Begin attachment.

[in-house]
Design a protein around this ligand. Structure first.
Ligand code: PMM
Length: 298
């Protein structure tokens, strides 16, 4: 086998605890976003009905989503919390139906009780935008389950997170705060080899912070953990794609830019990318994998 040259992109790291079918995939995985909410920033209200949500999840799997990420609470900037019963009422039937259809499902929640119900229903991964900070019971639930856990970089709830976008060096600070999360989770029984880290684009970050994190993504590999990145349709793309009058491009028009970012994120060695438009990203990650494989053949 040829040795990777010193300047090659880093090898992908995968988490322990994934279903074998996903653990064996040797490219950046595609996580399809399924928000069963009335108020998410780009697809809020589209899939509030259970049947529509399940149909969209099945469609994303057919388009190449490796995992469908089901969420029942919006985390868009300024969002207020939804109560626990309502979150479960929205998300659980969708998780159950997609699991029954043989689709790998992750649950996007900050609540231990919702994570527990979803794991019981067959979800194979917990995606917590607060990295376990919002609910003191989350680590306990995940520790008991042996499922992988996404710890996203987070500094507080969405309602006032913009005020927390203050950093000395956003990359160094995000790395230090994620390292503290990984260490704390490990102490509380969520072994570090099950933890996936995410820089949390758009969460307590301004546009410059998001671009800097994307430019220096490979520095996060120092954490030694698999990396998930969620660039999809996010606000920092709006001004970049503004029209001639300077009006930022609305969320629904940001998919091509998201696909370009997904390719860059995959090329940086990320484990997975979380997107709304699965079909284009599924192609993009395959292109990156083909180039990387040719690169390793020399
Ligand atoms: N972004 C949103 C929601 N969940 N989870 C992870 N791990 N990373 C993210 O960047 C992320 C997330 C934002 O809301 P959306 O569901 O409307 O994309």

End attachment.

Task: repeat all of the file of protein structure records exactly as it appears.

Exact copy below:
[in-house]
Design a protein around this ligand. Structure first.
Ligand code: PMM
Length: 298
């Protein structure tokens, strides 16, 4: 086998605890976003009905989503919390139906009780935008389950997170705060080899912070953990794609830019990318994998 040259992109790291079918995939995985909410920033209200949500999840799997990420609470900037019963009422039937259809499902929640119900229903991964900070019971639930856990970089709830976008060096600070999360989770029984880290684009970050994190993504590999990145349709793309009058491009028009970012994120060695438009990203990650494989053949 040829040795990777010193300047090659880093090898992908995968988490322990994934279903074998996903653990064996040797490219950046595609996580399809399924928000069963009335108020998410780009697809809020589209899939509030259970049947529509399940149909969209099945469609994303057919388009190449490796995992469908089901969420029942919006985390868009300024969002207020939804109560626990309502979150479960929205998300659980969708998780159950997609699991029954043989689709790998992750649950996007900050609540231990919702994570527990979803794991019981067959979800194979917990995606917590607060990295376990919002609910003191989350680590306990995940520790008991042996499922992988996404710890996203987070500094507080969405309602006032913009005020927390203050950093000395956003990359160094995000790395230090994620390292503290990984260490704390490990102490509380969520072994570090099950933890996936995410820089949390758009969460307590301004546009410059998001671009800097994307430019220096490979520095996060120092954490030694698999990396998930969620660039999809996010606000920092709006001004970049503004029209001639300077009006930022609305969320629904940001998919091509998201696909370009997904390719860059995959090329940086990320484990997975979380997107709304699965079909284009599924192609993009395959292109990156083909180039990387040719690169390793020399
Ligand atoms: N972004 C949103 C929601 N969940 N989870 C992870 N791990 N990373 C993210 O960047 C992320 C997330 C934002 O809301 P959306 O569901 O409307 O994309």